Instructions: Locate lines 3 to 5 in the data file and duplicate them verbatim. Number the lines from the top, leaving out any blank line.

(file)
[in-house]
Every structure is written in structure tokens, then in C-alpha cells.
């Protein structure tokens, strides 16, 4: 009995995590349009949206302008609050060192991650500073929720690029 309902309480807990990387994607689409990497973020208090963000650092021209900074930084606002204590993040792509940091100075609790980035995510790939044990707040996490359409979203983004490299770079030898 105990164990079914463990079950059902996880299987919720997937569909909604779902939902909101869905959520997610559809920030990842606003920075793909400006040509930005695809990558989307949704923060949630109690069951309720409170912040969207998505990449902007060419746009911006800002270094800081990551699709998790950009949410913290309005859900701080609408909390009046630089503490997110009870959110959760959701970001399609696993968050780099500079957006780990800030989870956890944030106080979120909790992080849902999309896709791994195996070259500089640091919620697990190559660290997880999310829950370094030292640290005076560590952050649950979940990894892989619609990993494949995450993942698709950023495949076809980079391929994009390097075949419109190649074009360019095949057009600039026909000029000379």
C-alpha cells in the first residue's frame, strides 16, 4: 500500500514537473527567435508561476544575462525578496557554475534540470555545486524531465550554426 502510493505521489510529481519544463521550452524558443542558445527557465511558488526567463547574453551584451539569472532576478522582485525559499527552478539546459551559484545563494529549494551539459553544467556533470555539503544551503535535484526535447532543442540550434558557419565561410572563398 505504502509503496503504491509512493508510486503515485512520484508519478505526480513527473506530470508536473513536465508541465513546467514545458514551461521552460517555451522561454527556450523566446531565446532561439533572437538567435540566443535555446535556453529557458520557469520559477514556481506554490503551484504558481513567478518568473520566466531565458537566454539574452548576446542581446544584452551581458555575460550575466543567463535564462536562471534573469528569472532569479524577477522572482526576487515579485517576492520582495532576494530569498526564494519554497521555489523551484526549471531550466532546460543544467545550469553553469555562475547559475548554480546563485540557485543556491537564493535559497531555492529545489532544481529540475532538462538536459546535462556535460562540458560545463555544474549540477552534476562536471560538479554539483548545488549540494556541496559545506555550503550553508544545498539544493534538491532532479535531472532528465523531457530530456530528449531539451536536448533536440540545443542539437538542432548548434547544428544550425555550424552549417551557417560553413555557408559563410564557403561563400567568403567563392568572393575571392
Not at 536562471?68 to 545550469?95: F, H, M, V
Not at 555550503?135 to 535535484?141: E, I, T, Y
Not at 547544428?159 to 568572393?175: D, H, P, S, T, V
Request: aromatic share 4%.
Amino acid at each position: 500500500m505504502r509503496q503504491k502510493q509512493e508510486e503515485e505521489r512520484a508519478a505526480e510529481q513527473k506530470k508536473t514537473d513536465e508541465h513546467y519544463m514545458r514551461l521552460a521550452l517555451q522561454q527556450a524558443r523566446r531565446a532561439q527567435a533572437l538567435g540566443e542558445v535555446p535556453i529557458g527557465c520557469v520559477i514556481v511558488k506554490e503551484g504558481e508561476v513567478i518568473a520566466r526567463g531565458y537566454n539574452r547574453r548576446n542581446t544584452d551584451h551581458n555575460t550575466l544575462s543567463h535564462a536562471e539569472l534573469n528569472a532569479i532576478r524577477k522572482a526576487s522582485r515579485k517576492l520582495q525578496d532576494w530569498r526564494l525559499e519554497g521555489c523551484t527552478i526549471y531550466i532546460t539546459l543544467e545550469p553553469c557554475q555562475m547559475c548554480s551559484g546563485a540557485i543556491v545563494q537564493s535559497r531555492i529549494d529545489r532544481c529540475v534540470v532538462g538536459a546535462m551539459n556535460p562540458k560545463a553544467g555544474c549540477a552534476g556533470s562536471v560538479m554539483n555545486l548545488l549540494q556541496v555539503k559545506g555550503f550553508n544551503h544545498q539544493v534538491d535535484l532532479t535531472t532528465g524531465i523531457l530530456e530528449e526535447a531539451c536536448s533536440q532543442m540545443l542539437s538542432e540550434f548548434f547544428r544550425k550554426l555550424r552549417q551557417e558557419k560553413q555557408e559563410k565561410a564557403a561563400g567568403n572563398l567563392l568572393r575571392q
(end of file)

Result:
């Protein structure tokens, strides 16, 4: 009995995590349009949206302008609050060192991650500073929720690029 309902309480807990990387994607689409990497973020208090963000650092021209900074930084606002204590993040792509940091100075609790980035995510790939044990707040996490359409979203983004490299770079030898 105990164990079914463990079950059902996880299987919720997937569909909604779902939902909101869905959520997610559809920030990842606003920075793909400006040509930005695809990558989307949704923060949630109690069951309720409170912040969207998505990449902007060419746009911006800002270094800081990551699709998790950009949410913290309005859900701080609408909390009046630089503490997110009870959110959760959701970001399609696993968050780099500079957006780990800030989870956890944030106080979120909790992080849902999309896709791994195996070259500089640091919620697990190559660290997880999310829950370094030292640290005076560590952050649950979940990894892989619609990993494949995450993942698709950023495949076809980079391929994009390097075949419109190649074009360019095949057009600039026909000029000379």
C-alpha cells in the first residue's frame, strides 16, 4: 500500500514537473527567435508561476544575462525578496557554475534540470555545486524531465550554426 502510493505521489510529481519544463521550452524558443542558445527557465511558488526567463547574453551584451539569472532576478522582485525559499527552478539546459551559484545563494529549494551539459553544467556533470555539503544551503535535484526535447532543442540550434558557419565561410572563398 505504502509503496503504491509512493508510486503515485512520484508519478505526480513527473506530470508536473513536465508541465513546467514545458514551461521552460517555451522561454527556450523566446531565446532561439533572437538567435540566443535555446535556453529557458520557469520559477514556481506554490503551484504558481513567478518568473520566466531565458537566454539574452548576446542581446544584452551581458555575460550575466543567463535564462536562471534573469528569472532569479524577477522572482526576487515579485517576492520582495532576494530569498526564494519554497521555489523551484526549471531550466532546460543544467545550469553553469555562475547559475548554480546563485540557485543556491537564493535559497531555492529545489532544481529540475532538462538536459546535462556535460562540458560545463555544474549540477552534476562536471560538479554539483548545488549540494556541496559545506555550503550553508544545498539544493534538491532532479535531472532528465523531457530530456530528449531539451536536448533536440540545443542539437538542432548548434547544428544550425555550424552549417551557417560553413555557408559563410564557403561563400567568403567563392568572393575571392
Not at 536562471?68 to 545550469?95: F, H, M, V